1. Open Device Manager by clicking the Start button Picture of the Start button, clicking Control Panel, clicking System and Security, and then, under System, clicking Device Manager. Administrator permission required If you're prompted for an administrator password or confirmation, type the password or provide confirmation.‌

  2. Double-click the category containing your device driver, and then double-click the name of the device that you want to restore to a previous driver version.

  3. Click the Driver tab, and then click Roll Back Driver.

If you are logged on as a standard user, the button will be dimmed, which means it's unavailable. You must be logged on as an administrator to roll back a driver.

  • Could you expand your answer to include how you restored it? We prefer the details be put here, as opposed to just linking – Simon Sheehan Jun 15 '16 at 13:13

Try this. Once it worked for me in Windows 10.

  1. Go to Device Manager.
  2. Go to Properties of Wi-Fi Adapter.
  3. On Properties dialog box, Click on Advanced option tab at the top.
  4. Inside the Property list, click on HT mode.
  5. Then set the box below the Value to Enabled.
  6. Click the OK button.

After that check the hosted network mode by cmd command.

 netsh wlan show drivers 

If the hostednetwork supported = "yes" then Your problem is solved. After that follow the create hostednetwork process using cmd command.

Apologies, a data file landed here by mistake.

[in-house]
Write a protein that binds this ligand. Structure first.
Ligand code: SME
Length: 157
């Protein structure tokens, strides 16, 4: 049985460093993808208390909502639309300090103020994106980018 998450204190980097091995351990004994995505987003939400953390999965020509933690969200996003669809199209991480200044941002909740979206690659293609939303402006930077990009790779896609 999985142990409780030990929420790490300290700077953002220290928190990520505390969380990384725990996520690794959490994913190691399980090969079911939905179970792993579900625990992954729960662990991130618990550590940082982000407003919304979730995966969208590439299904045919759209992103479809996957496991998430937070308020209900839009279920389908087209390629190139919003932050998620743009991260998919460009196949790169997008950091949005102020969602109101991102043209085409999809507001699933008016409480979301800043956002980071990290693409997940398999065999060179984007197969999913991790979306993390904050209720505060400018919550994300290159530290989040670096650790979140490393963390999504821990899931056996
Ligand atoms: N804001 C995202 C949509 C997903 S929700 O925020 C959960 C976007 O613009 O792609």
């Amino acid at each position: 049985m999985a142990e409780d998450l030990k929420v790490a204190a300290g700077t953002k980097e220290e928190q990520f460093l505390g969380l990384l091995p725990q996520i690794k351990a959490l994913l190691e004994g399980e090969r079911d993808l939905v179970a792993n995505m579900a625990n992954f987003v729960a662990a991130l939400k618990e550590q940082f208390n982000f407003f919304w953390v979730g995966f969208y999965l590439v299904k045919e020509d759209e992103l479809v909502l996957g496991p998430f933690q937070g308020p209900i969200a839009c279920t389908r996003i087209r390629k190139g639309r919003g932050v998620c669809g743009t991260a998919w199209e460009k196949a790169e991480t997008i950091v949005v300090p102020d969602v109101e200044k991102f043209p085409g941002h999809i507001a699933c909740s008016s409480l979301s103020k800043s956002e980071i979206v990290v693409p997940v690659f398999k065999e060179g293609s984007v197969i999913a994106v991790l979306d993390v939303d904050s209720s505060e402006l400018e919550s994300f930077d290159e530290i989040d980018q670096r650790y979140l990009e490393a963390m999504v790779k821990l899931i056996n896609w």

enter image description here
(Click image to enlarge)


I solved the issue by updating the drivers, like the comment suggested.

In my very specific case, for Dell Inspiron 3721, I found the drivers at http://downloads.dell.com/published/pages/inspiron-17-3721.html#Drivers , under Dell Wireless 1704 WiFi Driver.


For me I get same error when I tried to execute netsh wlan start hostednetwork. I solved it by set EnableAdaptivity as Enable.

My wifi card is RTL8192CU. I could not find Microsoft Hosted Network Virtual Adapter either, even though I update my driver. But I have Hosted network supported : Yes. There is no HT mode in my wifi adapter's Property list. But I have EnableAdaptivity option in the list and I set it as Enable. netsh wlan start hostednetwork just works, at same time I still did not find Microsoft Hosted Network Virtual Adapter.

  • 4
    Where now do you set Enable Adaptivity? – n8bar Jun 14 '17 at 17:54
  • in my wifi adapter's Property list – Nick Dong Apr 9 at 5:59

You need to manually change the version of your wi-fi driver. Just follow the below steps to do it:

1.Open device manager

2.Go to network adapters

3.Now right click on your wireless adapter and click on update driver software

4.Then click on browse my computer.....

5.Then click on "let me pick from a list...."

6.Finally u will see a list of drivers and their versions. Just double click on the oldest version.(Mostly it should be listed in the top with no date of release in it)

7.It will install and the virtual adapter will show up when u refresh it.


Installing the Microsoft hosted Virtual Adapter will solve your problem. That particular adapter can create a WiFi hotspot in Windows.

  • 3
    How? Details/steps would improve this answer. – Enigma Mar 3 '16 at 15:29

protected by Community Dec 5 '17 at 0:30